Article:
Govt Admits, High Cost of Imported Furnace oil results in Higher Bills in Aug

Energy Minister told that due to the extra and expensive furnace oil imported to bridge the demand-supply gap in June, the extra charge was adjusted in utility bills for August.

Govt Admits, High Cost of Imported Furnace oil results in Higher Bills in Aug

With climate change causing heat to constantly rise to new highs during summer and rising urban density contributing to greater use of cooling appliances such as air-conditioners, fans, and refrigerators and chillers, Pakistan ends up consuming an extra 8,000 – 9,000 megawatts of power in peak summer. The extra power puts further burden on the exchequer to buy imported furnace oil to meet peak demand which has jumped to nearly 30,000 megawatts (MW). At its highest, the power shortfall topped 5,000 megawatts this year.

This was disclosed by the Federal Energy Secretary Rashid Mahmood Langrial during a meeting of the National Assembly’s Standing Committee on Energy (Power Division) on Thursday. The meeting was chaired by Riaz Mazari.

During the committee’s meeting, he said that no country in the world uses 9,000 MW just to cool its walls, adding that even poor have to pay inflated costs. No wonder then that the circular debt of the Power Division has swelled to a whopping Rs2.4 trillion – or around 25% of the country’s total budget for the fiscal year 2022-23.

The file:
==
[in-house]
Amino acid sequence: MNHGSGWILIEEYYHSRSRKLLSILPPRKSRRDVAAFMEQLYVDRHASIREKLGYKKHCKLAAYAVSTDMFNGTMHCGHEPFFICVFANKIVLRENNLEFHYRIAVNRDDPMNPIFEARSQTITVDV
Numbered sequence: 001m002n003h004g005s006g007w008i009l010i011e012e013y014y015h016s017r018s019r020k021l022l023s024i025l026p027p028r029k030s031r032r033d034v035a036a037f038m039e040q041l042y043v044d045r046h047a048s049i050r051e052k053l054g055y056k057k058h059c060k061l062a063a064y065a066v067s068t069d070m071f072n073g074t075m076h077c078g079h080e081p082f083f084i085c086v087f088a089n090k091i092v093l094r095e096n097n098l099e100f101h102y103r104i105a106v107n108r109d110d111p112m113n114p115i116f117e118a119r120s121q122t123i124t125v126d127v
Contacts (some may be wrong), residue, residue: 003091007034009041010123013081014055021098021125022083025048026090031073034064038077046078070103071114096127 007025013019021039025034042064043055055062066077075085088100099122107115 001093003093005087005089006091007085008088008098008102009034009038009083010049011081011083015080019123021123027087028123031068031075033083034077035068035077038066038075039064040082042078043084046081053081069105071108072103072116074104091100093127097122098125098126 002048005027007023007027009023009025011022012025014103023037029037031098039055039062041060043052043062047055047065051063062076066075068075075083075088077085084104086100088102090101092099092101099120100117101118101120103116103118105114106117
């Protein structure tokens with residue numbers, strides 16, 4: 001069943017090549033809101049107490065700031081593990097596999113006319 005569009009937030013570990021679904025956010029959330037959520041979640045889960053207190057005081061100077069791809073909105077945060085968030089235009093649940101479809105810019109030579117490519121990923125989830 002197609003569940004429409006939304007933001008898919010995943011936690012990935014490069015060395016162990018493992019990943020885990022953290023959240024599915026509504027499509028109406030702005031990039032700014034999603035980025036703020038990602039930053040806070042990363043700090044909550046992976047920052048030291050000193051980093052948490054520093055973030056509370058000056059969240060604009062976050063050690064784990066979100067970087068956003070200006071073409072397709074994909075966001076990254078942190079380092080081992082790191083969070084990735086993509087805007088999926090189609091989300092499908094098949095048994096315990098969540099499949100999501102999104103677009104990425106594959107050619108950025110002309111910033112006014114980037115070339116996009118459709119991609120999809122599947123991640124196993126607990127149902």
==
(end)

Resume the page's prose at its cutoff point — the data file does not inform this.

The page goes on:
Energy Minister told the meeting that due to the extra and expensive furnace oil imported to bridge the demand-supply gap in June, the extra charge was adjusted in utility bills for August. The result was widespread shock for the public when they say the abnormally high bills. “The fuel price adjustment was high in June, so the bills for August were high,” he said, adding that it caused unrest amongst the people as well as the voters.

To counter this next year, the energy minister said that the power division has upgraded its management to generate additional electricity. Moreover, he said that they have also worked on their energy mix to ensure a greater chunk of energy is produced by domestically available, cheap sources when compared to projects that use expensive, imported fuel to generate power.

One of these projects was the Tarbela dam, which has been upgraded in recent years and filled up during the last rains. On vacant positions across the power sector, he said that a proposal has been sent to Prime Minister to green light the appointments. He hoped that soon, there will be more people employed in the country’s energy sector.

Meanwhile, Federal Energy Secretary Langrial said that they were planning to announce an energy efficiency policy where by houses will be certified per their power usage. New houses, he said, would only be built after obtaining an energy efficiency certificate along with an energy map. “Without the certificate no electricity meter will be installed in new houses,” he announced.

Originally published at SAMAA

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